"Thirty-Two Years of Trial"
March 1, 2022 | Judy Klein | Communications
Thirty-two years ago, Gilbert Poole Jr. was a very different man. And, if he had been shown his future, he probably would never have believed it.
Poole grew up in the backcountry of North Carolina, where the mountains rest, lazy in their blankets of grass. It was peaceful there, and some might say Poole should have stayed. But the Lord had other plans.
Poole moved to Michigan where he began dating a young woman. He and his girlfriend moved to South Carolina, but their relationship didn’t last long and the woman, whom Poole does not name, stormed off to the police station, demanding a ride back to Michigan.
A few days later, the police showed up at Poole’s house, telling him he was under arrest for a murder in Pontiac, Michigan. A man had been found stabbed to death near a common jogging trail.
Poole wasn’t worried. He didn’t murder the man, and he “trusted the system” to prove his innocence. The court appointed Poole a lawyer, but Poole never met the man. “I still haven’t seen him,” Poole says, laughing, “thirty-three years later!”
When the trial began, Poole was not worried. As time progressed, however, his opinion flipped, and terror grew like a weed, strong, willful and entirely impossible to kill. The prosecution had evidence against him—there had been bite marks found on the victim’s body—bite marks which they claimed matched Poole’s teeth. “It had no basis in science,” Poole says.
To make things worse, Poole’s ex-girlfriend testified against him. She claimed that Poole had told her that he committed the murder. Poole went to trial believing he would walk away a free man. Instead, on June 6, 1989, he was sentenced to life in prison for a crime he didn’t commit.
Innocence doesn’t take life in prison for an answer, and Poole appealed. “It was a long journey,” he says. There was lots of paperwork, and a legal agency to be contacted, asking for help. In 2001, twelve years later, he came across Innocence Project with Cooley Law School.
The Innocence Project, according to Poole, examines cases in which DNA may be involved. A blood sample from the victim’s shirt didn’t match his DNA—nor did it match Poole’s!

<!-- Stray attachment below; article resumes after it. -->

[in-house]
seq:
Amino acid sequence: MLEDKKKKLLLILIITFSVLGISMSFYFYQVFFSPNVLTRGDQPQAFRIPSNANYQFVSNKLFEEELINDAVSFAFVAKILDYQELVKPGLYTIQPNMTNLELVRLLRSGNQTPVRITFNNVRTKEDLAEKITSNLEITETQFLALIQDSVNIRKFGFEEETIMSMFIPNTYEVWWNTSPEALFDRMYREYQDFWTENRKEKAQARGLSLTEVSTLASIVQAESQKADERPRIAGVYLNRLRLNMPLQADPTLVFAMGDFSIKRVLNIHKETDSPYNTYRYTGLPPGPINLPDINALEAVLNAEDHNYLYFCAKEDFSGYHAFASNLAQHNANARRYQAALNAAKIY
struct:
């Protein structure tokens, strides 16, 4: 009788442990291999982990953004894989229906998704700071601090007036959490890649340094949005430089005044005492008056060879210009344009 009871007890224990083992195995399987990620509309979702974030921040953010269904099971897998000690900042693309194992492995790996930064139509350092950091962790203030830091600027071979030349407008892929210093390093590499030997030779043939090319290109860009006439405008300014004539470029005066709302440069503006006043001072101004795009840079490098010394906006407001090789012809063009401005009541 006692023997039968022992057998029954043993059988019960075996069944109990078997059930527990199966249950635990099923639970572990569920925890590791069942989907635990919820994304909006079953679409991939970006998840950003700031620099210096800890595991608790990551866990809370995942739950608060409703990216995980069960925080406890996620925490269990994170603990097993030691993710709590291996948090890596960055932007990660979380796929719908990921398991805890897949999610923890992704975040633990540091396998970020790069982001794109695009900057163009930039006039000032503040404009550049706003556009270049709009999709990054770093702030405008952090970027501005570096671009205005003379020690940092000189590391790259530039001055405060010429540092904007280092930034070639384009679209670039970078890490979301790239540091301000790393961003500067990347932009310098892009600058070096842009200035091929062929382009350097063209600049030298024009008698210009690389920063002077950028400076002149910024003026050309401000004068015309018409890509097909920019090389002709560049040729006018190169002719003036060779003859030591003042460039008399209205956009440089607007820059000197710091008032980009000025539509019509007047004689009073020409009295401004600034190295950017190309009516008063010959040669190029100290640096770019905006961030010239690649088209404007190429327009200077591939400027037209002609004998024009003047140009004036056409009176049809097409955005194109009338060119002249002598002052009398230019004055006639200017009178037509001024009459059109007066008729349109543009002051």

Fourteen years later, in 2015, the DNA was sent to the Michigan state police. Poole chose them specifically because there would be a less chance of someone tampering with the evidence. Unfortunately, the Michigan State police destroyed the evidence during testing. “That was the reason I wanted it to go to a Federal Lab!” Poole exclaims.
All hope was gone and it seemed there was no way to go but back into the abyss of despair. “Nothing was working,” Poole says. To make things worse, Poole got into trouble at prison—all because of who he spent time with. “I had to reevaluate who I was hanging out with,” he says, but “standing alone in a prison yard wasn’t going to end well.”
Poole turned to what he affectionately calls “Bible thumpers.” Poole had been isolated from any and all ideas of religion because of his upbringing. His father had forced the Jehovah’s Witness religion on him.
Poole started attending the Seventh-day Adventist prison group, led by Rod Dunneback, a Lansing church member. Moise Ratsara, pastor of the Jackson church, explained that during his time in prison, Poole faithfully completed all of the Bible study guides. After a year or so of studying and group attendance, Ratsara says, he “surrendered to Jesus and he got baptized in what almost looked like a bathtub.”
When Poole emerged from the water, his fellow Adventist prisoners sang a song. Ratsara comments, “It’s like his face completely changed! He was at peace after his baptism.” Ratsara recalls hoping, at that moment, that Poole would someday be freed.
Around this time, Poole discovered there was a new scientific test available. The test could use a partial profile to check for evidence—this new science allowed Poole’s case to be reopened, using the partial profile previously destroyed by the Michigan State Police. The test worked. There was new evidence that excluded Poole. On May 26, 2021, the state attorney general petitioned the court, and Poole was declared innocent.
“Some people would say that the stars aligned for me, but I have a question for you. Who aligns the stars?” Poole says. After thirty-two years in prison for a crime he didn’t commit, he was released. He says, “There are those that say ‘Never give up,’ ‘Keep fighting!’ I disagree. I didn’t keep fighting. I turned the battle over to God.”
As soon as Poole surrendered his life and his battle to God, things took an upward turn—events in which Poole was released from his thirty-two year battle for the truth. Poole was released, but his struggle is not over. “You can’t leave a battlefield without taking the battle home with you,” Poole says.
In the beginning, Poole was terrified to go to a grocery store. He had never seen a cell phone or a computer. The outside world had changed. “But fear,” Poole says,” is a lack of faith.” Thirty-two years ago, Poole did not know God. Thirty-two years ago, Poole was hopeless and drifting through life with no purpose. The Lord used this experience to bring Poole home.
Phil Mills, who pastors the Lansing church where Poole now regularly attends, comments, “If the Lord hadn’t let him go through this experience, he wouldn’t be a Christian… He will live forever because of it."
Poole’s story is an appeal to us. When life doesn’t go the way we wish, when it seems as if everything is falling down around our heads, we need to turn the battle over to God and let Him fight for us.